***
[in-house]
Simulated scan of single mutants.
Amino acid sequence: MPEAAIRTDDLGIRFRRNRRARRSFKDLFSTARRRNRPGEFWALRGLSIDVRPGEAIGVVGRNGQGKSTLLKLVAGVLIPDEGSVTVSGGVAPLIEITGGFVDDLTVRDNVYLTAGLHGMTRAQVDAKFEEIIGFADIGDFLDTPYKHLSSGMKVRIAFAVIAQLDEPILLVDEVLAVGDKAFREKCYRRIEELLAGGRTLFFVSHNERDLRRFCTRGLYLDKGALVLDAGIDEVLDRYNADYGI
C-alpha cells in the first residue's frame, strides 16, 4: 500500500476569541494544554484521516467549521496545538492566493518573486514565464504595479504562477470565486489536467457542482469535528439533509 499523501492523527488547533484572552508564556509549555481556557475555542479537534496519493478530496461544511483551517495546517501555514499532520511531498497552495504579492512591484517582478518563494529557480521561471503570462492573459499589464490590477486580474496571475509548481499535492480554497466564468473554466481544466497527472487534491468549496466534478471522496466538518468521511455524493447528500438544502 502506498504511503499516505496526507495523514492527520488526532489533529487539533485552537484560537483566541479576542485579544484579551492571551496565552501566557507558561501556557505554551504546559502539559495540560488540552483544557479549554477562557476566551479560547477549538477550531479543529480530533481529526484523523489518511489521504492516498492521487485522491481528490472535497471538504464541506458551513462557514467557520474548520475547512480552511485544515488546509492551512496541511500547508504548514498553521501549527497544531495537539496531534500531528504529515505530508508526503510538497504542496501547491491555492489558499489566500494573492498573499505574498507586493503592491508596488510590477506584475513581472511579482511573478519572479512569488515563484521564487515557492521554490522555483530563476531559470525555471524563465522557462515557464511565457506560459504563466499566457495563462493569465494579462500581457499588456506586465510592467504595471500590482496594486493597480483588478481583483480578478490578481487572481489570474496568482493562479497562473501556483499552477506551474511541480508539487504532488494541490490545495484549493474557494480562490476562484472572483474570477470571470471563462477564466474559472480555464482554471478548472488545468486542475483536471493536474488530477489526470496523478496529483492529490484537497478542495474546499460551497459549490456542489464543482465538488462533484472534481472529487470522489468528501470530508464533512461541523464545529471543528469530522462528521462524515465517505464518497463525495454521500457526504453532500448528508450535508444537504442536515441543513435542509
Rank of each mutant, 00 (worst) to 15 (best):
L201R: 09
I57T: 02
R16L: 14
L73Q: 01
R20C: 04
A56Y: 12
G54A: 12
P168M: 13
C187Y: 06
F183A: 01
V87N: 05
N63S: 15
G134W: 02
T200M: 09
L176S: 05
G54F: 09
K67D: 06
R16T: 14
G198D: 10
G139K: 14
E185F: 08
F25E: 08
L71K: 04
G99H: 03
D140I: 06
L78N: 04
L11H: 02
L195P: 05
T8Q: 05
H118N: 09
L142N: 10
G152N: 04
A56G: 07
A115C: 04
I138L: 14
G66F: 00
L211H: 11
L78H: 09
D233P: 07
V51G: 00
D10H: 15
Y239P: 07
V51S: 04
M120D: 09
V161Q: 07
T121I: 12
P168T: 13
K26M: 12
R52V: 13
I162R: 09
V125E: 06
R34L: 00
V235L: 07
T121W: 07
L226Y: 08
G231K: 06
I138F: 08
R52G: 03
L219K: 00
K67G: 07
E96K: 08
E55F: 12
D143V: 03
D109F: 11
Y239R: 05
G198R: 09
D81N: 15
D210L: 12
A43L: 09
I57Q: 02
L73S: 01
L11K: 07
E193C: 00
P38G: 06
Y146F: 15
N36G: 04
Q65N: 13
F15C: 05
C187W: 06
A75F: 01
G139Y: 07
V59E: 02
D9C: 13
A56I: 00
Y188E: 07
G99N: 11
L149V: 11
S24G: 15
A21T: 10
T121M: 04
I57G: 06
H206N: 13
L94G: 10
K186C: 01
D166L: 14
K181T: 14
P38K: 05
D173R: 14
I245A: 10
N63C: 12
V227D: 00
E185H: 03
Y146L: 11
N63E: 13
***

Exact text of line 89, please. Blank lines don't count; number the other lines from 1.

A56I: 00